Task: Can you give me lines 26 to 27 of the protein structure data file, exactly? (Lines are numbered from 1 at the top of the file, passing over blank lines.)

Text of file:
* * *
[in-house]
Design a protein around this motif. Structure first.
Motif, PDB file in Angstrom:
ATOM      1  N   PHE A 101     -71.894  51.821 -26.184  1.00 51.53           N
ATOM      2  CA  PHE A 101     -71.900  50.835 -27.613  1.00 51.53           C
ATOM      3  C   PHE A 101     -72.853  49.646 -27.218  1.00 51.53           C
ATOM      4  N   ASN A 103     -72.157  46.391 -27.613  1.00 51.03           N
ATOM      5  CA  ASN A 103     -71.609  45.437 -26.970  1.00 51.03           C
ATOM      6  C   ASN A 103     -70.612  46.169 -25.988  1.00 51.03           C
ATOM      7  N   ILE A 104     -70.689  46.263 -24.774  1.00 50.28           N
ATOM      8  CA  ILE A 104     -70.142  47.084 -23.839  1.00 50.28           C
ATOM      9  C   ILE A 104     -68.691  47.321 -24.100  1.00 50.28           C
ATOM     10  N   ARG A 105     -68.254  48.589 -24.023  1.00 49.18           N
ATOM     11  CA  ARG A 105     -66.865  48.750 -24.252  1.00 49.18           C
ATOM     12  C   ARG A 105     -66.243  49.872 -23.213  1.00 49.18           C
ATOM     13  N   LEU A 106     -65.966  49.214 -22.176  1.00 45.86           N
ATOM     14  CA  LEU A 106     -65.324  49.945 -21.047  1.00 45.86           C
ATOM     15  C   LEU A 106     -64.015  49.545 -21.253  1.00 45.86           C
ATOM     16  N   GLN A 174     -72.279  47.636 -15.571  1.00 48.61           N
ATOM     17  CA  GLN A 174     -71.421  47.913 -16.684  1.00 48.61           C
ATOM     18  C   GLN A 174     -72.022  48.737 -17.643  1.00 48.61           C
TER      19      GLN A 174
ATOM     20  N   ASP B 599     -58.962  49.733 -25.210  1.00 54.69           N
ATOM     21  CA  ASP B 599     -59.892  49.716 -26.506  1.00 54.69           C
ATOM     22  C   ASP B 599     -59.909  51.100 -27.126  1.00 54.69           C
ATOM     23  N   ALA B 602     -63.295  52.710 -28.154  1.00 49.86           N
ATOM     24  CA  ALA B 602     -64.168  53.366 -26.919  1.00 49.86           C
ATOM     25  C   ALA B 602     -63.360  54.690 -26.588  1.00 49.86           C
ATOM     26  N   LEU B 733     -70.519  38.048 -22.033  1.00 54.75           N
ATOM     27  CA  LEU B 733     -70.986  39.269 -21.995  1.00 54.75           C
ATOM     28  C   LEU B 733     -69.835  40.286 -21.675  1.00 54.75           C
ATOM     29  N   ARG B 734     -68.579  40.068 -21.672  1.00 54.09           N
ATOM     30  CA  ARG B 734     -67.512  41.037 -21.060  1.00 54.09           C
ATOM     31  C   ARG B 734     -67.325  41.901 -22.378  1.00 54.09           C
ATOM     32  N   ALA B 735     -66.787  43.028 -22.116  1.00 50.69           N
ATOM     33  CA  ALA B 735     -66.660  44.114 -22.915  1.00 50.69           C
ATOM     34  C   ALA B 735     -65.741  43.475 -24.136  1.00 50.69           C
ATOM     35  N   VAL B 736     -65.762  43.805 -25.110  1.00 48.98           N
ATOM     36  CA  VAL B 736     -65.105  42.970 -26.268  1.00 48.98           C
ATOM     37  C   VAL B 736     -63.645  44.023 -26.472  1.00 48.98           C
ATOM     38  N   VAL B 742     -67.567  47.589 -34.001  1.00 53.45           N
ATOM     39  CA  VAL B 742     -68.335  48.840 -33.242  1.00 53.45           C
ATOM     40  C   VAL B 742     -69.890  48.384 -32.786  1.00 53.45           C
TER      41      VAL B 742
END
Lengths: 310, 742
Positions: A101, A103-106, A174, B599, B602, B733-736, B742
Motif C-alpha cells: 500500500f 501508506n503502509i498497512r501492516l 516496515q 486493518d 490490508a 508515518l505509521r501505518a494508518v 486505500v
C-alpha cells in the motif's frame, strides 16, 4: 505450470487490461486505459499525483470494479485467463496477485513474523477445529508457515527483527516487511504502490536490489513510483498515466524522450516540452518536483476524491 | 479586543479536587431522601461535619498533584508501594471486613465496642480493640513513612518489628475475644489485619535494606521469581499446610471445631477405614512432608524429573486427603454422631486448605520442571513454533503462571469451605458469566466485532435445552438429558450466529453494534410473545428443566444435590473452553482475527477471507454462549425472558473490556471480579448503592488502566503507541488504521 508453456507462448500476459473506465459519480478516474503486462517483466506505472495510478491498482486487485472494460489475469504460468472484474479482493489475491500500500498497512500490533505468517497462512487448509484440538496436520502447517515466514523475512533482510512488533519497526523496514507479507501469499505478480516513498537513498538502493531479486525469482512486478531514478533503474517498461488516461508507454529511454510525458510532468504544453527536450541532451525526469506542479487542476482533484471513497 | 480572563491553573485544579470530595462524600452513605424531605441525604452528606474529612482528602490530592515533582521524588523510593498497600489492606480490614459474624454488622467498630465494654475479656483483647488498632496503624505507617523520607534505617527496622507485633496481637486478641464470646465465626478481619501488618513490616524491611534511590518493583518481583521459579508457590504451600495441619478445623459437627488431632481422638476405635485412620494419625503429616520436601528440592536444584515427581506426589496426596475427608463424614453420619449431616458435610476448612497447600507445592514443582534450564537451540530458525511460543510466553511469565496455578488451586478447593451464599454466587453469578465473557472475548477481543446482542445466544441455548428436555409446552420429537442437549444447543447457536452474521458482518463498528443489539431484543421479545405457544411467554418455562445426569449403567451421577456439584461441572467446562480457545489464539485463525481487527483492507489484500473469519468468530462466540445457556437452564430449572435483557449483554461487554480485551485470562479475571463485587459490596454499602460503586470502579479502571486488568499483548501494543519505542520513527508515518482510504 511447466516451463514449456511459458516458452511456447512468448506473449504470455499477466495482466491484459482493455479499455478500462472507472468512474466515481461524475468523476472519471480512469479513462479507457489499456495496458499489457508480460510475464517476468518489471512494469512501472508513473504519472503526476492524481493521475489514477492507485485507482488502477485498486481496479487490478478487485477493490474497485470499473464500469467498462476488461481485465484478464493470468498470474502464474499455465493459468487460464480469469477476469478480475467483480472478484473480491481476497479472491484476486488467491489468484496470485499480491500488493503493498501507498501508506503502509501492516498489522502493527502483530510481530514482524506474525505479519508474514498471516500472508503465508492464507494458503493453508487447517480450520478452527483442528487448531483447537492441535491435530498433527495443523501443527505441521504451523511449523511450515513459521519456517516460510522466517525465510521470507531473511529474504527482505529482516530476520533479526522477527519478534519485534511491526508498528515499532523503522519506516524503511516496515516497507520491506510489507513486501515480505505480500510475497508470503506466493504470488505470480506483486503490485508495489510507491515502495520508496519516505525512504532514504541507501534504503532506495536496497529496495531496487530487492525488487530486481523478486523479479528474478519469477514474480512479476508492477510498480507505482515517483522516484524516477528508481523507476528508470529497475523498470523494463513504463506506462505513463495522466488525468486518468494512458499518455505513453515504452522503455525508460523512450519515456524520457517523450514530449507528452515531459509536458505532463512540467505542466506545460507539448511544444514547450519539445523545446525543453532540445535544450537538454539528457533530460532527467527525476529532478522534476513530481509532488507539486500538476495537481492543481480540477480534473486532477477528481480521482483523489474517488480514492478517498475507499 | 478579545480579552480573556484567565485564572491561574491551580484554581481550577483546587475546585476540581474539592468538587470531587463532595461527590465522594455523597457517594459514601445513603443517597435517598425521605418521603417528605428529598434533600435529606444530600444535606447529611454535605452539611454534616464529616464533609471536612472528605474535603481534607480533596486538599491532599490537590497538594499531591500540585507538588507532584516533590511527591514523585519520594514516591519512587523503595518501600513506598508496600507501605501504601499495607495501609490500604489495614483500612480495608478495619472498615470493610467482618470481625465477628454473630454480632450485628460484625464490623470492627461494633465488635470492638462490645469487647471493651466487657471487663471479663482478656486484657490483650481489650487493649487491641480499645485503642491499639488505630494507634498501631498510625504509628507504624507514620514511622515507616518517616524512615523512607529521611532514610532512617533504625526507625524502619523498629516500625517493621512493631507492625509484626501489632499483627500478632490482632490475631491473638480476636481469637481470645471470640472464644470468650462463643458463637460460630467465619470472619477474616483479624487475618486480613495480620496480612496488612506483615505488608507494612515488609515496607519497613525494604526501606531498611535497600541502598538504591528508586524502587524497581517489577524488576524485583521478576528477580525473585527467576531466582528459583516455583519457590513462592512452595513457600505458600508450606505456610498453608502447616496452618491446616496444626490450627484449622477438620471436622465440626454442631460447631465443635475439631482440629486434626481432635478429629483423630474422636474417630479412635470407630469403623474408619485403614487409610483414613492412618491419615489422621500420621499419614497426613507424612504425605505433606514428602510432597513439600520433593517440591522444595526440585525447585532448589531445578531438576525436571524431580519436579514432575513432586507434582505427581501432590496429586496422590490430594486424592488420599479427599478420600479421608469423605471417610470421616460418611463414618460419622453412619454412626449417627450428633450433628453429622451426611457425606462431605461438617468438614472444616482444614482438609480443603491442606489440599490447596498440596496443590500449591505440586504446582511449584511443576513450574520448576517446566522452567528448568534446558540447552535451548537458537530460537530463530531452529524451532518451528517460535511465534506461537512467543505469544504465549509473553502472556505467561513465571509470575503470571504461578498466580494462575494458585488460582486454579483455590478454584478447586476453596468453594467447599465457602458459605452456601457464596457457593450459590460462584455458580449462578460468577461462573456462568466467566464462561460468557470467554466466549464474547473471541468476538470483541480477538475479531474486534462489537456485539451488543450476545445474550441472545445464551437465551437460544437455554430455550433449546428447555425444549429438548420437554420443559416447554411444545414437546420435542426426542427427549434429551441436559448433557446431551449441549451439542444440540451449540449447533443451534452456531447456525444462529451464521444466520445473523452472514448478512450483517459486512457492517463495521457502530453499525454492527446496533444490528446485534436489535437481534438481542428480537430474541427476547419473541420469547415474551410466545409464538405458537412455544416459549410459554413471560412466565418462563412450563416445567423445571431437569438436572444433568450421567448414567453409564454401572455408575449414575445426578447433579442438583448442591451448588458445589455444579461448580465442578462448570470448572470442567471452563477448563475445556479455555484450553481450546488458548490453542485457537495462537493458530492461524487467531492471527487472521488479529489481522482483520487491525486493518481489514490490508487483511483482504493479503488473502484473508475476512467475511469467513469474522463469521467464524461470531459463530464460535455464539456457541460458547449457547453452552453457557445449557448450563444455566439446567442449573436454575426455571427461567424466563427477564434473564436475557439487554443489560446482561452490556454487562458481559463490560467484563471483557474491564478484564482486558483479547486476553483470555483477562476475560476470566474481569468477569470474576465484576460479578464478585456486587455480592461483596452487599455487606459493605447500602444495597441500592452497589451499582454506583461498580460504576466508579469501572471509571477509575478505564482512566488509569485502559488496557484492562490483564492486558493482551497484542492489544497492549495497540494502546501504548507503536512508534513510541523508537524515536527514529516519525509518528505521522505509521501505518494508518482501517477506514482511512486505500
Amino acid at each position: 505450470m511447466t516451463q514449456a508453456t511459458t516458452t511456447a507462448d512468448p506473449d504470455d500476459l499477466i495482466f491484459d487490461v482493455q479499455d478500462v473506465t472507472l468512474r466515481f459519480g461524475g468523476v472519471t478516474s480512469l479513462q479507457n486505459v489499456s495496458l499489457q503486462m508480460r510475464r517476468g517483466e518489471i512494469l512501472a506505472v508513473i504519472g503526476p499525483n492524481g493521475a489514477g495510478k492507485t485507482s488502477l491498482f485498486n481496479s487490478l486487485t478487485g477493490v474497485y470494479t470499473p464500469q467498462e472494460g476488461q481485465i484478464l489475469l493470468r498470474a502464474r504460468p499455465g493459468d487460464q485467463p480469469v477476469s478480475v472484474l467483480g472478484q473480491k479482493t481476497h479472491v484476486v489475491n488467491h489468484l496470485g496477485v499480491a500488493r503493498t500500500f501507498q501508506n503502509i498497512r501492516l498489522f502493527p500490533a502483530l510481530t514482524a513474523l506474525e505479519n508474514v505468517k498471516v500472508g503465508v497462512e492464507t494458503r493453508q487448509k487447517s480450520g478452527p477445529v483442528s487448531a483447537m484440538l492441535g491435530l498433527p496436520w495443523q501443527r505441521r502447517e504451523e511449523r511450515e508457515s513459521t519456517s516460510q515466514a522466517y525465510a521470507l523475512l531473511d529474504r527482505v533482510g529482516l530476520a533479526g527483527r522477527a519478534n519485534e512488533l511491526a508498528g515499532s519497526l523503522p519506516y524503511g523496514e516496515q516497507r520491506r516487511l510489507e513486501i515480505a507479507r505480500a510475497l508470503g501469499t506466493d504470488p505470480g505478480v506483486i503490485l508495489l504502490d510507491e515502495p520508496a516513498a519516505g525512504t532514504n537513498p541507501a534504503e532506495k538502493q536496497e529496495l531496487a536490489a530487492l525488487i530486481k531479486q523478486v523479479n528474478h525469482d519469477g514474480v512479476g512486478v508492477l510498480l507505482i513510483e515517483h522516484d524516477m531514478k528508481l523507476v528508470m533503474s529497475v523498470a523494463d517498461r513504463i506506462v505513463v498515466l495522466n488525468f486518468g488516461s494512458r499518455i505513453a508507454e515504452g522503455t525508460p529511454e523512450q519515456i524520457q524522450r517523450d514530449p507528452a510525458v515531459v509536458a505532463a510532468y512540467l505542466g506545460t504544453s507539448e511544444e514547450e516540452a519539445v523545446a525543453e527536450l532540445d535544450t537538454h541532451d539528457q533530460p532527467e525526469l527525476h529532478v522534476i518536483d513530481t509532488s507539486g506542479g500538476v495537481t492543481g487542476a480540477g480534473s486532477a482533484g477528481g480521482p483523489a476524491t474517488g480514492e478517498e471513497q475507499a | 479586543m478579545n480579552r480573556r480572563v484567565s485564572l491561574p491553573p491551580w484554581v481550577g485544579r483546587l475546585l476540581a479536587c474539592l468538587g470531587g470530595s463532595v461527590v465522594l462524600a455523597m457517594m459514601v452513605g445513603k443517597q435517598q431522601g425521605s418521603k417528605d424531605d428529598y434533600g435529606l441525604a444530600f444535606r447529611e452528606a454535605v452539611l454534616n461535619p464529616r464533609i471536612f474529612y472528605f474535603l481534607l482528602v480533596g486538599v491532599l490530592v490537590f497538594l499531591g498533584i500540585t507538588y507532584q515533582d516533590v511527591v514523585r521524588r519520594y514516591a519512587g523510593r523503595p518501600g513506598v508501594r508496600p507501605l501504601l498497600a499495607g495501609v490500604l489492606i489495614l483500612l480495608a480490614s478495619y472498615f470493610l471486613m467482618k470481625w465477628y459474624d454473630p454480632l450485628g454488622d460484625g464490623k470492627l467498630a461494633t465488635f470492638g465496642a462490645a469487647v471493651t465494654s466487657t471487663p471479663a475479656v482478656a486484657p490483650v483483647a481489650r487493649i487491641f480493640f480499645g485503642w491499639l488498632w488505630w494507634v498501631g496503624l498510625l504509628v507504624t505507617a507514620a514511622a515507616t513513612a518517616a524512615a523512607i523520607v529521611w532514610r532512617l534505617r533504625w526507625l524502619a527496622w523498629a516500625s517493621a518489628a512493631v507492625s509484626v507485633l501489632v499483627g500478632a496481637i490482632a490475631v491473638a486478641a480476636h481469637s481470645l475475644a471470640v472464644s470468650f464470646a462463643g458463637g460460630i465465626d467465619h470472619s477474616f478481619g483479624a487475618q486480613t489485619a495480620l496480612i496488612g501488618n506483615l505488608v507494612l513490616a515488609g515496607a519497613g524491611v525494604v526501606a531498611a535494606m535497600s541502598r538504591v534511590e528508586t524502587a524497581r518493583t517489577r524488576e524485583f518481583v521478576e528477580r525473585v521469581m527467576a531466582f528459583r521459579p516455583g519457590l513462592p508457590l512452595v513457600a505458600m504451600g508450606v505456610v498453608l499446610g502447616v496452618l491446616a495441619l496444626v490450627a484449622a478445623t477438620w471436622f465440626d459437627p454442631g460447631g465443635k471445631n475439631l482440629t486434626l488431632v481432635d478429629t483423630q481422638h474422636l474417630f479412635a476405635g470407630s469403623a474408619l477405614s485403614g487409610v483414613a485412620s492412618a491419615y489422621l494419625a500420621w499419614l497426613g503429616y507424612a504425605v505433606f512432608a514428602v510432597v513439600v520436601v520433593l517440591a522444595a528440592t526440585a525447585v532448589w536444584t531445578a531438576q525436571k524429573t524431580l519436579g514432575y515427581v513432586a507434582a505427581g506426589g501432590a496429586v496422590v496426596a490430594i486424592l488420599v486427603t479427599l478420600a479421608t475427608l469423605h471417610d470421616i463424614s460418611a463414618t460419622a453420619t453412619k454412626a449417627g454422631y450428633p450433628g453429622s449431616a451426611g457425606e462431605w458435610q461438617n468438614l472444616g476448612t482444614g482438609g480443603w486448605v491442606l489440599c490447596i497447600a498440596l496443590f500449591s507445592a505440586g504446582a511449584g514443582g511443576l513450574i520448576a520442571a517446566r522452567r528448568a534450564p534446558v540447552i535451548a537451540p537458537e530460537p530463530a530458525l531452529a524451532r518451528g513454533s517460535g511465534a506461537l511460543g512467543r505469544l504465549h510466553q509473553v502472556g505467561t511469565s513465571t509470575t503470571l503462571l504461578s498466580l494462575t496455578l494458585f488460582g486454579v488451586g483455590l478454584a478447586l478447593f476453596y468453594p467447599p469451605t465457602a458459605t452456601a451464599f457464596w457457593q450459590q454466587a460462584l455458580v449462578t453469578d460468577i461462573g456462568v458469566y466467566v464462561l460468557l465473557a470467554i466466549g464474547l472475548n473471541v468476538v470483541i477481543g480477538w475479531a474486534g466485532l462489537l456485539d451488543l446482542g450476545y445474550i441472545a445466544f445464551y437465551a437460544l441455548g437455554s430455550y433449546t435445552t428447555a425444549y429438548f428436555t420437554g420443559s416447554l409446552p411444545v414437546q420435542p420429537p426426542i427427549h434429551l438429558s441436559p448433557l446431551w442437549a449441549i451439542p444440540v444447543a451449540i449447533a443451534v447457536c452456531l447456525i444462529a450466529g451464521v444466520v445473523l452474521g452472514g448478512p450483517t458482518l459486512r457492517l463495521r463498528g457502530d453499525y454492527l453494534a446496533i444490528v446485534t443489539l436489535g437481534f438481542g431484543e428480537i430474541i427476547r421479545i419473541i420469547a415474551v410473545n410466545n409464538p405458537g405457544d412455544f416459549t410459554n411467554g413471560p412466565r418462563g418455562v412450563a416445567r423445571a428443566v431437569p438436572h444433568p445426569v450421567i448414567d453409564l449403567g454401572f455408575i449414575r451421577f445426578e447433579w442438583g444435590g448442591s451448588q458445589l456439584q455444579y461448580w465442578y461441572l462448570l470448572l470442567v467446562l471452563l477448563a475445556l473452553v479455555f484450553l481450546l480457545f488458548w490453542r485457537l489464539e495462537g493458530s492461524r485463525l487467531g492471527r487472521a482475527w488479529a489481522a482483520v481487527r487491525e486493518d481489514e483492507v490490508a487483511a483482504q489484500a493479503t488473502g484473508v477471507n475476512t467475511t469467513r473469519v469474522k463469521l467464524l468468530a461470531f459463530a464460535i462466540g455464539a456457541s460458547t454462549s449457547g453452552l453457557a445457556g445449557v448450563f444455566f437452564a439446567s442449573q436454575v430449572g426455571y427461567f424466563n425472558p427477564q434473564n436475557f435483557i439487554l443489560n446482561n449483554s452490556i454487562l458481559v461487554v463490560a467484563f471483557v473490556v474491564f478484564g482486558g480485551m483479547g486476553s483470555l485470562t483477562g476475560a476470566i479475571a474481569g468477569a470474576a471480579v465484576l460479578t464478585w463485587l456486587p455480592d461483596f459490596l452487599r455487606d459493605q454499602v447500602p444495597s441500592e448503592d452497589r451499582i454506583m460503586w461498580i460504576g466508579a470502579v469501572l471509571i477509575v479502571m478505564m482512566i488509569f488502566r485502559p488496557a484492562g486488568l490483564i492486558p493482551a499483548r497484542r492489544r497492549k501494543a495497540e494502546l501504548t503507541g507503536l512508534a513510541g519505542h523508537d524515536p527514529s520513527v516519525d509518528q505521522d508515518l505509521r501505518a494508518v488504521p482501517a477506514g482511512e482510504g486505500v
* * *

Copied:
ATOM     23  N   ALA B 602     -63.295  52.710 -28.154  1.00 49.86           N
ATOM     24  CA  ALA B 602     -64.168  53.366 -26.919  1.00 49.86           C